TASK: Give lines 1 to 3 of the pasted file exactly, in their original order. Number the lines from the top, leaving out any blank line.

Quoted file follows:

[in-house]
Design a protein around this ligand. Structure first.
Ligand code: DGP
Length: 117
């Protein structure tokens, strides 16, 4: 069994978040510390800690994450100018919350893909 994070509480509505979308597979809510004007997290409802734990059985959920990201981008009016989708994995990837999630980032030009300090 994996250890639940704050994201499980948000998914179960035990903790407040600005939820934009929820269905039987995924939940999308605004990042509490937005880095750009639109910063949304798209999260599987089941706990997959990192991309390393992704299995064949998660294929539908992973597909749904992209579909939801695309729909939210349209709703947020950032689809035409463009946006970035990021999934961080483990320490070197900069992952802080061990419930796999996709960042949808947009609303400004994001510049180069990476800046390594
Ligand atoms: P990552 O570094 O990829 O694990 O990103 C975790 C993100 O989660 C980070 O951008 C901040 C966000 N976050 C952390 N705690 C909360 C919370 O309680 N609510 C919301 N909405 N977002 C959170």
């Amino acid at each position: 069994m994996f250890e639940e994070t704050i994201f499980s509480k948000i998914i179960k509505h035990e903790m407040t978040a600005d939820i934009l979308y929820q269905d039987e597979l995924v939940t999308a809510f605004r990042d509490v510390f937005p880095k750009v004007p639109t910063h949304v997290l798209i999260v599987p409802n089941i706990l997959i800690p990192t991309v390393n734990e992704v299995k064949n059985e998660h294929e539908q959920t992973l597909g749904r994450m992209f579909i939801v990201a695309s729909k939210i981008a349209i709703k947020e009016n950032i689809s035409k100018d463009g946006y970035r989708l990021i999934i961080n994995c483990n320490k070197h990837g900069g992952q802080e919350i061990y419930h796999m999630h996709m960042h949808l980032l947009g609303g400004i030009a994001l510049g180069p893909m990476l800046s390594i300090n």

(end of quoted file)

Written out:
[in-house]
Design a protein around this ligand. Structure first.
Ligand code: DGP